The staff director of the newly reconstituted U.S. Commission on Civil Rights has confirmed that she will exert greater control over the content of Perspectives, the panel's quarterly journal.
"People have known since the day that I arrived that the magazine would be one of my greatest interests," said Linda Chavez in a recent interview. The former special assistant to the President of the American Federation of Teachers, Albert Shanker, noted that "publications were always an interest of mine at aft"
Before becoming Mr. Shanker's assistant, Ms. Chavez had served as editor of the union's newspaper and magazine for several years.
Ms. Chavez, a Reagan Administration appointee who has called for a re-examination of the panel's longstanding policies on remedies for discrimination, said she has been "frustrated by the fairly narrow spectrum of ideas" in the journal.
"I think it would be healthy to broaden that spectrum," she said.
Commission staff members say it is rumored that Ms. Chavez has invited William Bradford Reynolds, the assistant attorney general for civil rights, to write an article.
A spokesman for the agency said last week that it is unclear when the next edition of Perspectives, which has a circulation of 25,000, will roll off the presses.
Extending a Hand
Secretary of Education Terrel H. Bell recently announced that the Education Department had joined in a "partnership" with a public elementary school located in the agency's southwest Washington neighborhood.
According to Mr. Bell, the department's adoption of the Amidon Elementary School will be "a fruitful experience [for] the department's employees, the Amidon staff, and most important of all, the students attending Amidon."
Pauline S. Hamlette, principal of the 425-student school, said Amidon's major needs include: volunteers to tutor students in reading and mathematics; the expansion and enrichment of the school's library; and musical and other equipment.
Last October, President Reagan urged government units and private businesses each to adopt one of the nation's more than 100,000 schools and community colleges. The White House staff at that time formed a partnership with the Congress Heights Elementary School near Capitol Hill.
The school has since been renamed the Martin Luther King Jr. Elementary School, a move that may well have piqued some in the White House. The President reportedly was not enthusiastic about signing the law that made the birthday of the civil-rights leader a national holiday.
Unfurling a Winner
Last year, the Education Department gave six-foot by four-foot "excellence in education" flags to the winners of Secretary Bell's Secondary School Recognition Program.
The idea must have gone over well. The word from the White House is that the department and the President's office on private-sector initiatives are working up another flag for corporations and organizations that form partnerships with schools.
Oliver's Successor Named
Maureen E. Corcoran, a former lawyer for the Health and Human Services Department, was recently named acting general counsel of the Education Department.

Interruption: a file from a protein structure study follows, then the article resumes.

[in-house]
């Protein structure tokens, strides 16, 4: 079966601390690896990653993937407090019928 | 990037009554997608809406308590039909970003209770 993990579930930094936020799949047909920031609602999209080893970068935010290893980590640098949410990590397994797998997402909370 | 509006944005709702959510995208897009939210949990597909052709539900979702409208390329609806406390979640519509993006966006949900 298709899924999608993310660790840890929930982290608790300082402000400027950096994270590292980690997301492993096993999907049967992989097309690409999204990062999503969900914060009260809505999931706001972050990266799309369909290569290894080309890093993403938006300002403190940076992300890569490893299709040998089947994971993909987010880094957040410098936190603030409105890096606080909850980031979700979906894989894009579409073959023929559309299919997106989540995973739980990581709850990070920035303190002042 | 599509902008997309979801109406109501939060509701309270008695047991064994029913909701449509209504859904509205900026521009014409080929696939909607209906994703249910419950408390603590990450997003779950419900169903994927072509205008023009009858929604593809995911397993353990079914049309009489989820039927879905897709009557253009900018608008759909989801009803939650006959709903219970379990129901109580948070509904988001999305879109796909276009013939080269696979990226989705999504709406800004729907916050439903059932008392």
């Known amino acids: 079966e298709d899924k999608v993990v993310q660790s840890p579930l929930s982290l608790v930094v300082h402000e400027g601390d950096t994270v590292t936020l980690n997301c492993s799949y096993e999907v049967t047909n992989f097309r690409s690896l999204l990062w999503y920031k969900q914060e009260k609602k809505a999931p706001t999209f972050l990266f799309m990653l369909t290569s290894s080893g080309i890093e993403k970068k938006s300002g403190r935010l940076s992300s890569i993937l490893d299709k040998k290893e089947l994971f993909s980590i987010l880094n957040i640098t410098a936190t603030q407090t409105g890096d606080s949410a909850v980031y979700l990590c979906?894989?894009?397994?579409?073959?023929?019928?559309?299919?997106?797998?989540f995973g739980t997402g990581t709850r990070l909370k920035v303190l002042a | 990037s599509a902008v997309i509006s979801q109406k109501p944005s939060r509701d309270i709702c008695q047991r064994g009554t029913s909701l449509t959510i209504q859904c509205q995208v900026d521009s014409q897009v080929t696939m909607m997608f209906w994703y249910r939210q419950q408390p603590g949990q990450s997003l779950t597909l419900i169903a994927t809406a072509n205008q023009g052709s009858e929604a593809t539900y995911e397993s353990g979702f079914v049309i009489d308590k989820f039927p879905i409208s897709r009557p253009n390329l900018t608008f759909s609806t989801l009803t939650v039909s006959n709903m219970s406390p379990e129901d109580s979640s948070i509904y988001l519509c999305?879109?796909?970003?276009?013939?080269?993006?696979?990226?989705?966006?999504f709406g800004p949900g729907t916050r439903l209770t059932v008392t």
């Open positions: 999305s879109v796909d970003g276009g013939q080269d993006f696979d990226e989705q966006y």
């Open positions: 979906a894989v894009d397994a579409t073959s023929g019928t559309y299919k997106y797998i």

If her nomination is approved by the Senate, Ms. Corcoran would replace Daniel Oliver as the agency's top lawyer.
Mr. Oliver, now general counsel of the Agriculture Department, left the department last November following several disagreements with Secretary Bell.
As a law student (she was a 1979 graduate of the Hastings College of Law), Ms. Corcoran worked for Secretary of the Interior William P. Clark, who was then a California Supreme Court justice.
Signals Left Unsent
Morton C. Blackwell, a White House liaison to "New Right" groups who resigned earlier this month to work with conservative organizations, recently sought unsuccessfully to have the White House side publically with the Faith Christian School in Louisville, Neb., according to recent press reports.
The Rev. Everett Sileven, Faith Christian's founder, has received much publicity for ignoring a court order to close the school for lack of certified teachers and failing to follow state curriculum standards.
Several fathers of Faith Christian pupils were charged with contempt of court and jailed last November because they refused to answer a judge's questions about the school.
Nebraska officials are now hunting for nine other fathers and Rev. Sileven, who have fled the state.
Last month, the chairman of the U.S. Commission on Civil Rights made headlines across the nation when he traveled to Nebraska to look into the dispute over the school.
The press, however, focused less on Clarence M. Pendleton Jr.'s findings than it did on a statement by an unnamed White House official that the rights panel was being used as a surrogate for the President.
According to a story in The Washington Post, the official said, "Now that we have the civil-rights commission on our side, we can make use of them to run some interference for us."
The alleged comment prompted the panel during its first meeting to send a letter to the White House reaffirming its independence "from all outside wishes and pressures."
Later during the meeting, the commissioners sent a similar letter to Walter F. Mondale, the Democratic Presidential aspirant, for good measure.
During the recent televised debate between the eight Democratic contenders for the Presidency, Mr. Mondale said that, if elected, he would fire all of Mr. Reagan's appointees to the panel and hire back all of those whom the President fired from it.--tm & tt
Vol. 03, Issue 19